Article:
MIAMI -- Before every game, Miami safety JoJo Nicholas reaches into his gym bag and pulls out a blanket, then rubs it on his hands while saying a quick prayer.
He prays to his son, who died a few weeks ago after being prematurely born.
It's these moments that make him savor days like Saturday so much more.
Nicholas recovered a fumbled punt for a touchdown plus added an interception, Lamar Miller ran for 93 yards and a score and Miami's banged-up defense was dominant as the Hurricanes topped Georgia Tech (No. 22 BCS, No. 20 AP) 24-7 on Saturday -- holding the high-octane Yellow Jackets more than 300 yards and nearly 36 points below their season averages entering the game.
"The first thought that came to my mind was my son," Nicholas said. "I've always appreciated football, and then you learn to appreciate it even more, because life is never guaranteed."
Mike James also had a touchdown run for Miami (4-3, 2-2 Atlantic Coast Conference), which won consecutive games for the first time this season and has now beaten Georgia Tech three straight times by a combined score of 92-34.
"Everybody talks about the ACC race or this and that," Miami coach Al Golden said. "I'm trying to teach them the process. The process, when it takes traction, is what allows you to win multiple games in a row. That's it."
Georgia Tech (6-2, 3-2) came into Saturday averaging 517 yards of offense. The Yellow Jackets got only 211 on Saturday, their lowest total since a loss to Iowa in the FedEx Orange Bowl after the 2009 season. In its last 35 games, Georgia Tech has rushed for less than 200 yards only three times, all at Sun Life Stadium -- 95 at Miami in 2009, 143 in the Orange Bowl and 134 in this one.
"It's frustrating every time you lose," said Georgia Tech quarterback Tevin Washington, who threw for 63 yards and ran for 36 more -- a team-best. "All week long we had a good game plan to come out and get a victory. It's frustrating for me because I feel I let the team down."
Washington threw right to Nicholas on the Yellow Jackets' first offensive snap of the game, a mistake that set Miami up at the Georgia Tech 46. It was doubly costly for the Yellow Jackets, with center Jay Finch going down with what appeared to be a knee injury and eventually getting carted off the sideline for evaluation.
The Hurricanes needed 12 plays to score from there, Harris extending the drive with a 13-yard pass to Phillip Dorsett on fourth-and-3 from the 39, and James later capping it with a 2-yard run for a 7-0 Miami lead.
Nicholas' other big plays in the first half?
Lots of hustle, and lots of help from Georgia Tech.
"Something we're doing ain't right," Georgia Tech coach Paul Johnson said.
Georgia Tech wide receiver Roddy Jones took a pitch and ran 34 yards with 4:09 left in the first quarter, fighting Nicholas off a little too vehemently for the last few of those. Jones was pulled down by an illegal horse-collar tackle, but he also got his fingers inside Nicholas' face mask while stiff-arming the Miami safety on the play. The penalties offset, and the big gain was wiped away.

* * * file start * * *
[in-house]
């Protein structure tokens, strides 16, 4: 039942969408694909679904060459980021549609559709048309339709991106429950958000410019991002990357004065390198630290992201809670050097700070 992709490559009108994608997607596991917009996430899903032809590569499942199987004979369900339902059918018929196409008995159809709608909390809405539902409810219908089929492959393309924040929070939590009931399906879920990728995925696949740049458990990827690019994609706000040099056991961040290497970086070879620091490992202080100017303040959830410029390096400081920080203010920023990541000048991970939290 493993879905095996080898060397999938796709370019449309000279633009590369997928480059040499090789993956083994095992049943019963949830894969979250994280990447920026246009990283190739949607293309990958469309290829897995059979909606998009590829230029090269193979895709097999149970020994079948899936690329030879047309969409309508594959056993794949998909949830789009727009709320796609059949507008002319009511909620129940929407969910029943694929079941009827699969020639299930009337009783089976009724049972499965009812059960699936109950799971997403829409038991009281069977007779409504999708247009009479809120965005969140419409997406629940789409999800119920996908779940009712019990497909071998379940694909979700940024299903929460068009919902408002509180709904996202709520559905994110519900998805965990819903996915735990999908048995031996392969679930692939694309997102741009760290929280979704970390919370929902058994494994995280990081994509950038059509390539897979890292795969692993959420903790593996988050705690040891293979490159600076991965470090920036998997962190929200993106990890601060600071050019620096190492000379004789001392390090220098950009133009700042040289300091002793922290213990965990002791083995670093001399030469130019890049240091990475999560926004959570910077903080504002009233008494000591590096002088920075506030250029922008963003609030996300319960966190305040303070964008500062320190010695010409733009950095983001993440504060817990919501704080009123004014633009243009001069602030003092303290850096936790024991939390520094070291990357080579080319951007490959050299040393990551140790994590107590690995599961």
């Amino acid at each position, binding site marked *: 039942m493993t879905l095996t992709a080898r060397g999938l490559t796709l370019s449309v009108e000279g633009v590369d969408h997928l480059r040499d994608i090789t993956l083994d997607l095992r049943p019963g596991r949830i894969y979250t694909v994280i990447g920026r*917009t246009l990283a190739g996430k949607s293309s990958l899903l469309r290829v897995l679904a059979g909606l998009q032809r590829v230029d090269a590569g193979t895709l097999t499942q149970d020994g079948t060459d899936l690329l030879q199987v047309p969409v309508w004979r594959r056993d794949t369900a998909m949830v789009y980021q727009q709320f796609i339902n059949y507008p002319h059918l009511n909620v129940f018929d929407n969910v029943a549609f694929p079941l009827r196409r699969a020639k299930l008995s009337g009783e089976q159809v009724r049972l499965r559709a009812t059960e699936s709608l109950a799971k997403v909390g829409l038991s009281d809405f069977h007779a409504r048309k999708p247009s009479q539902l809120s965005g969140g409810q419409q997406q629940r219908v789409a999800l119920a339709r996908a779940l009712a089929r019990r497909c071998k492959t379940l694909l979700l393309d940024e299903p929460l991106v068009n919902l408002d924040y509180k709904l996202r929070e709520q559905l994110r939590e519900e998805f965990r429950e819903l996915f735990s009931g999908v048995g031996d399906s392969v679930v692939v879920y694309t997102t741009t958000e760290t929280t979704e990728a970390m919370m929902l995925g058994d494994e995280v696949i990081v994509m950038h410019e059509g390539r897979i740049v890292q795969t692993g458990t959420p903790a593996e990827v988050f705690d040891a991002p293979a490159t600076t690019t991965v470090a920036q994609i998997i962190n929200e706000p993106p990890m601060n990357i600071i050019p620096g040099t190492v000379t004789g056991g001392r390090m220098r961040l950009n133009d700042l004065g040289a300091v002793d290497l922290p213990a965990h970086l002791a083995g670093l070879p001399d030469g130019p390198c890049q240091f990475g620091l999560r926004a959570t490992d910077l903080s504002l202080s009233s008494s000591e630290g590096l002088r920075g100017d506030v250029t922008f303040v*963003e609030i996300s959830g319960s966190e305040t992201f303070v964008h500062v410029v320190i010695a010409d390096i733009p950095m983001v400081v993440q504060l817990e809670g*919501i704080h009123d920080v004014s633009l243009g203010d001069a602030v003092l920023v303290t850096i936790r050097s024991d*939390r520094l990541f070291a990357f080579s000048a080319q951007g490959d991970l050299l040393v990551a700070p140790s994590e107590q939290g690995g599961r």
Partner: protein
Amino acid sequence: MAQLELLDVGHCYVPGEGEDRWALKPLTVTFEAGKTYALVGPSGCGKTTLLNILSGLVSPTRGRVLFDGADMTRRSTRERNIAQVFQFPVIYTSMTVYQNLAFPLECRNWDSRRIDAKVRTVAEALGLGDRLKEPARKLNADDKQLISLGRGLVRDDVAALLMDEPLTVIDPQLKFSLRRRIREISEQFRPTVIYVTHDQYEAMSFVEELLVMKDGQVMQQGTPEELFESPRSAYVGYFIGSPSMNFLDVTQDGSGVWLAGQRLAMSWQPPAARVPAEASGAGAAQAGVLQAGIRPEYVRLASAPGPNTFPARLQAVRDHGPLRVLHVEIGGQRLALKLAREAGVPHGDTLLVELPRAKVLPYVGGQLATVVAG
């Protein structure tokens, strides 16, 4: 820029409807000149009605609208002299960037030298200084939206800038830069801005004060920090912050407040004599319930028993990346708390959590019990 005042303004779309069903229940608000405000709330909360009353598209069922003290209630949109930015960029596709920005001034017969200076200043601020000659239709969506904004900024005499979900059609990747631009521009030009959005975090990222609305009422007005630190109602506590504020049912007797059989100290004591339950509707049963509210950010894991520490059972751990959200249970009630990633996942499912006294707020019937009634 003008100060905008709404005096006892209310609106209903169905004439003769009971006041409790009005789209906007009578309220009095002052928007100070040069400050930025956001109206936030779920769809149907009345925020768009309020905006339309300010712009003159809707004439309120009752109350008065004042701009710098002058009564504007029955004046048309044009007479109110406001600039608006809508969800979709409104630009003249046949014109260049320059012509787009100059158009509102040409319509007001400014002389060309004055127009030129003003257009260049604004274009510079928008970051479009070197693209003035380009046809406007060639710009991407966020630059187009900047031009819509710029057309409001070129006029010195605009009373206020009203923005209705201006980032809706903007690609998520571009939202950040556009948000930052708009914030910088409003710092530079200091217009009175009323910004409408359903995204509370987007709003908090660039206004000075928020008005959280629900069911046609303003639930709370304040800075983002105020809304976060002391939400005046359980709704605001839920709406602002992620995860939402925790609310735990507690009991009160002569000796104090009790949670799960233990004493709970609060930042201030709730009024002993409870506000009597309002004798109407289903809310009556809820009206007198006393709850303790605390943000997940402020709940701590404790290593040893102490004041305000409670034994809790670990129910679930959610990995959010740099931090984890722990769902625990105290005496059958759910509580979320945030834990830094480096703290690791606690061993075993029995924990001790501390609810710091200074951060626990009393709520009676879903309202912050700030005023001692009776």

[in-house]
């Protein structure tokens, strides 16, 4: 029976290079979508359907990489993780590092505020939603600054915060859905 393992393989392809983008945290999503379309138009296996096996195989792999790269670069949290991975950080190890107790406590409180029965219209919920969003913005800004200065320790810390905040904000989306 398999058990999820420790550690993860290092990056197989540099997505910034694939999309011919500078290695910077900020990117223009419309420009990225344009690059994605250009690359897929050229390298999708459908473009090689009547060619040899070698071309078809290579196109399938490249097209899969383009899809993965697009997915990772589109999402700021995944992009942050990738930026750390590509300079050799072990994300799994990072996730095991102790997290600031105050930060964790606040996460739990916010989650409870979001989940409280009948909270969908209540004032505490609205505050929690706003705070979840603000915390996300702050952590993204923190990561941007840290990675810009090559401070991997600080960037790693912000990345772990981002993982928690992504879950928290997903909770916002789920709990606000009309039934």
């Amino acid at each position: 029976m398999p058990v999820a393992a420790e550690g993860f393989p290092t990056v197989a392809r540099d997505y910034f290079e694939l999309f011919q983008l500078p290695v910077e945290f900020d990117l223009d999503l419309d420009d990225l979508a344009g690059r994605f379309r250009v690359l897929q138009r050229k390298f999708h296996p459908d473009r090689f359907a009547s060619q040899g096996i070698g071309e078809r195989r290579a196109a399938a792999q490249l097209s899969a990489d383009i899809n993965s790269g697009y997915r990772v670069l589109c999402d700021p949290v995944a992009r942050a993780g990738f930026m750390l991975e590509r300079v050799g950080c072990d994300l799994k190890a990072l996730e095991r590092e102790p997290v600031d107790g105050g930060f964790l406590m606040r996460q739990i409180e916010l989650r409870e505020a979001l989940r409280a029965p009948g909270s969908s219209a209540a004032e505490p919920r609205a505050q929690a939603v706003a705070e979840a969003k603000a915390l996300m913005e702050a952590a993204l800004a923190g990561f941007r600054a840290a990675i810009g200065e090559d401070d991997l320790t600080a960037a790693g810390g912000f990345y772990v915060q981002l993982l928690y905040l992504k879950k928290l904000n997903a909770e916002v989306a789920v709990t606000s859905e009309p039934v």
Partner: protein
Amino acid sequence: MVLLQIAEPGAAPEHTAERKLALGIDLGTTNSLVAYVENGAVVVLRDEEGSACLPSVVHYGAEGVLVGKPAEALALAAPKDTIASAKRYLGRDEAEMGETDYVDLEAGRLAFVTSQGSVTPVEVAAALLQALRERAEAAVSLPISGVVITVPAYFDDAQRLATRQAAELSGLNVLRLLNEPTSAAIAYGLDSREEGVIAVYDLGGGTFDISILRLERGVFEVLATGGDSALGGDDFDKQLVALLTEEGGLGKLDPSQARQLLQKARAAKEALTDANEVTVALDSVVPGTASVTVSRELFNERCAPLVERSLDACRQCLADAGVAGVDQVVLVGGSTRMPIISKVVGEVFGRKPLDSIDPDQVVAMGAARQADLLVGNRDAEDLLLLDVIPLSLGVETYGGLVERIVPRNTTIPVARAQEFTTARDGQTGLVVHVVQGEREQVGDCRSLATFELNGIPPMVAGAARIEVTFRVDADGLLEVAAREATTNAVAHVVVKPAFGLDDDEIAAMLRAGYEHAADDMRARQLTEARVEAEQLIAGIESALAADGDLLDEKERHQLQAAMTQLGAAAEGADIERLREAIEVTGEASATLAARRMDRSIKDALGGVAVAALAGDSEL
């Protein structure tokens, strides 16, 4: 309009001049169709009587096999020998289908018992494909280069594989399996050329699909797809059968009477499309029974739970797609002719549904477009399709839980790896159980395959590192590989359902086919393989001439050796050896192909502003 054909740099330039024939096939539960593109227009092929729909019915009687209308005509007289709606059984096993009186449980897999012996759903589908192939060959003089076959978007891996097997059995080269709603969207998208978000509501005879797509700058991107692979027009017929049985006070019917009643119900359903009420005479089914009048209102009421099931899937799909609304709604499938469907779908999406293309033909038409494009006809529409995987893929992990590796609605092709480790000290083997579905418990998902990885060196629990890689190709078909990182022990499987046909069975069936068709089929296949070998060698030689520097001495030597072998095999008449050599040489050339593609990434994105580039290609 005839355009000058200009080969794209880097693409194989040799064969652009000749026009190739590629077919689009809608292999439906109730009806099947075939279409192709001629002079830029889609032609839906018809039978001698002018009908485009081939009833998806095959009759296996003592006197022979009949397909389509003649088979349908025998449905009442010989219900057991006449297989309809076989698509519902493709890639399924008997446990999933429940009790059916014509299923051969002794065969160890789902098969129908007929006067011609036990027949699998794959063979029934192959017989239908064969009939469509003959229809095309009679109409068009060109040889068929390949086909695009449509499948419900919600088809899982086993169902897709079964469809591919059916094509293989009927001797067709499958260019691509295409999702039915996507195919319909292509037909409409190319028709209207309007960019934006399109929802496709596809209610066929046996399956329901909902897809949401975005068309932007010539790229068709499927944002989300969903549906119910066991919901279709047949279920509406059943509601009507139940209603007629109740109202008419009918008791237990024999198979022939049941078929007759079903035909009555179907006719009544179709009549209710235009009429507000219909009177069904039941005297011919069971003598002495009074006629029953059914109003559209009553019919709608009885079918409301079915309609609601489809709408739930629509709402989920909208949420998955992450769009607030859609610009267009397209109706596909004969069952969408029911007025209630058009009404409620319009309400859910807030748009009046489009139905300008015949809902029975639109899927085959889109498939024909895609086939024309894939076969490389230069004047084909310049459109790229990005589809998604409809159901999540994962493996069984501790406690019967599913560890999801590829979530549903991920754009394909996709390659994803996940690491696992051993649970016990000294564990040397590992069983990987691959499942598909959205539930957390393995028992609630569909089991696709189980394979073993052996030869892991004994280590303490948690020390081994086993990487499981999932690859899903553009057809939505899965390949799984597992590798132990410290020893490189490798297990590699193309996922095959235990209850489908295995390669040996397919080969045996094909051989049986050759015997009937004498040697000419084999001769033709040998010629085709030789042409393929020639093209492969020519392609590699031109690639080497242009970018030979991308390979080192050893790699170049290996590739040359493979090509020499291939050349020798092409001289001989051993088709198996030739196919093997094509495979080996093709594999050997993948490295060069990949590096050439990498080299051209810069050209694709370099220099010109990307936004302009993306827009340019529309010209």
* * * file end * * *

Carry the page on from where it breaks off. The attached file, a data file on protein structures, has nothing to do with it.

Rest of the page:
With 10:17 left in the half, Nicholas found himself again in the right place at the right time for Miami.
Zach Laskey dropped back to receive a punt for Georgia Tech, the bouncing ball coming straight at him as he stood at the 9-yard line. He tried to grab it as a horde of Hurricanes sprinted toward him, misplayed it and could only watch as the football kept going into the end zone. Nicholas dove on it just past the goal line for a touchdown that put Miami up 14-0.
"On that punt, my job is to get to the ball," Nicholas said. "It just so happened the ball came to me."
In the first half alone, Georgia Tech failed on a fake-punt attempt, had the interception to help create one Miami touchdown and then the blown punt return to give the Hurricanes seven more points. Nonetheless, with 1:02 left in the half, the Yellow Jackets were within 14-7.
A 20-play, 92-yard drive for Georgia Tech on the scoreboard. Washington completed all three of his attempted passes during the marathon possession, plus rushed the ball nine times for 22 yards -- including a 1-yard touchdown plunge.
"We never hit any big plays," Johnson said. "We had a heck of a drive in the second quarter to get back in the game, then we give up the touchdown."
That they did.
Travis Benjamin ran the ensuing kickoff back 48 yards, and Harris hit Tommy Streeter with a 32-yard gain on first down to get Miami to the Georgia Tech 14. Two plays later, Miller ran up the middle for a touchdown from there with 25 seconds left in the half, restoring the 14-point cushion and getting help from a sealing block by guard Jon Feliciano.
It was a costly celebration. Feliciano got hurt jumping around after the score, leaving the game with a leg injury. He rejoined his teammates on the sideline late in the third quarter, on crutches and wearing a walking boot on his left ankle. An X-ray was negative, but Golden is not sure of Feliciano's status.
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